Random . . . External Stimulus Technique

(Random Entry Points)


Muxy’s lateral thinking definition: A range of strategies to break the shackles of preconceived thinking to facilitate original thinking and recognize alternative pathways


In Lesson 1 we discovered that lateral thinking is much like humor in that it reveals “escape” pathways not immediately recognizable because of our education, training, and experiences.

Lateral thinking tool to escape dominant thinking

To find the answer to the joke, (or the previously unseen “escape” alternative) requires looking outside our normal blinkered thinking.

But … how do we break the shackles of our blinkered thinking to reveal these “escape” alternatives?



Your first DISRUPTIVE lateral thinking technique uses a random input.



Reductions on the roads


Devise an original idea to help reduce the road toll, carbon emissions, and average travel times all with ONE simple innovation.

Let’s generate our first RANDOM STARTING POINT.

Pick up any book, magazine, or newspaper and open it to any random page, then select a keyword from the second paragraph.

The word I found was magnet.

How could a magnet be used to achieve these objectives?

  • We could fit magnetic swipe cards underneath all vehicles to identify weight, speed, fuel efficiency, braking capacity, typical load, trailers etc.;
  • Traffic light intersections scan vehicles to determine the most fuel and time-efficient solutions;
  • Warning lights on your dash tell you if you’ll be required to stop and might warn other vehicles if you don’t demonstrate compliance.

Maybe we should update the technology and instead fit all cars with onboard computers that communicate with intersections as they approach to determine the optimum solution.


(You’ll note that the outcome has nothing to do with magnets. The Random Starting Point was simply a way of pulling me away from preconceived thinking.)

Please note!

I’ve introduced Random Starting Points first because of their simplicity. In subsequent lessons, I’ll be introducing you to more “targeted” disruptive techniques.


Apply the Random Starting Point you selected to the same problem.

How did you go? Practice will improve your outcomes.



Sink or swim

A sailing boat hits a reef. The Captain is out cold. A hole in the hull about eight inches across is letting in water at an incredible rate that is too much for the bilge pump to handle . . . you’re sinking. What to do?


I reach into my pocket, remove a coin, and toss the coin into the boat’s cabin. (Ha, ha, I actually did this as I sat writing this example from the back deck of my boat).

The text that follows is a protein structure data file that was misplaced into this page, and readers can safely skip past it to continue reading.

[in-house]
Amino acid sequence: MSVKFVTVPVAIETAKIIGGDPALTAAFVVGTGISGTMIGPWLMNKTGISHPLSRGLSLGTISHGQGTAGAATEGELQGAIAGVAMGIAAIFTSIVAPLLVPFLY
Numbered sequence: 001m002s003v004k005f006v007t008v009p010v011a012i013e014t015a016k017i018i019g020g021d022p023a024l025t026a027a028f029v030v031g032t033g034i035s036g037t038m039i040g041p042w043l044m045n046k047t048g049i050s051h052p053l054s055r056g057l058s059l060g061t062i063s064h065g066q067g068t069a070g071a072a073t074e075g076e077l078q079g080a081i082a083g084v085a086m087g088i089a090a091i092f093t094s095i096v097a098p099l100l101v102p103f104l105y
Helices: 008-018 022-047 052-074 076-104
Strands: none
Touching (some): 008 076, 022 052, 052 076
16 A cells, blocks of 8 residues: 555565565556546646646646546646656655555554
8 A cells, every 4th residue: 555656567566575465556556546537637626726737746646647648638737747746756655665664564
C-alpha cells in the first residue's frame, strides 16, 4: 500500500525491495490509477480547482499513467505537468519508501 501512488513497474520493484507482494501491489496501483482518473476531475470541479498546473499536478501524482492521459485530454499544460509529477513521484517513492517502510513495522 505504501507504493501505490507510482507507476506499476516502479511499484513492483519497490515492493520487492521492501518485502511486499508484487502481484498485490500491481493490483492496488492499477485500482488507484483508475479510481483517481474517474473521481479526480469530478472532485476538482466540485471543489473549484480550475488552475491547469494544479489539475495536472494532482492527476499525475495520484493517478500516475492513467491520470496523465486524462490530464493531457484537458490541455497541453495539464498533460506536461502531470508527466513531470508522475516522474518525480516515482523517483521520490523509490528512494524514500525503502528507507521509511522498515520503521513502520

The coin landed on a discarded bedsheet” left on the floor.

Maybe I could use a sheet to put over the hole? NO!

Maybe I block the hole using the sheet in combination with something else? Possibly.

(I actually did this. I imagined the boat sinking … felt the urgency … worked through the process calmly)

I raced below to grab the sheet and I saw pillows. Taking two pillows, I wrapped and twisted them very tightly in the bedsheet which produced a spiraled length of the sheet culminating in a bulbous head.

Of course! (Ha, ha, I didn’t jump into the water. Realism only goes so far)

I “imagined” that I jumped into the water, fed the loose sheet through the hole, pushed the tightly wrapped pillows into the hole as best I could, then climbed aboard and pulled the spiraled sheet from inside until the water flow had abated sufficiently for the bilge pumps to handle the load. “IMAGINED!”

Is it the best solution? Possibly not. Probably not. (I actually have no idea).

Lateral thinking doesn’t guarantee the best solutions, but it does promise creative solutions regularly and reliably. Sometimes, it will give you superior solutions, and sometimes it will give you AWESOME solutions.


Generate a RANDOM STARTING POINT using a different (more urgent) method. For example, look around and use the first printed noun or verb you see.

Apply it to the problem of the hole in my yacht and see what you come up with.


Lateral thinking uses tools to disrupt blinkered (or preconceived thinking).

Random starting points are a non-targeted disruption.

See real-life examples of RSPs in action HERE


Next Lesson:

What is creativity?

Lateral thinking creativity

Click this link to understand exactly what it is that defines lateral thinking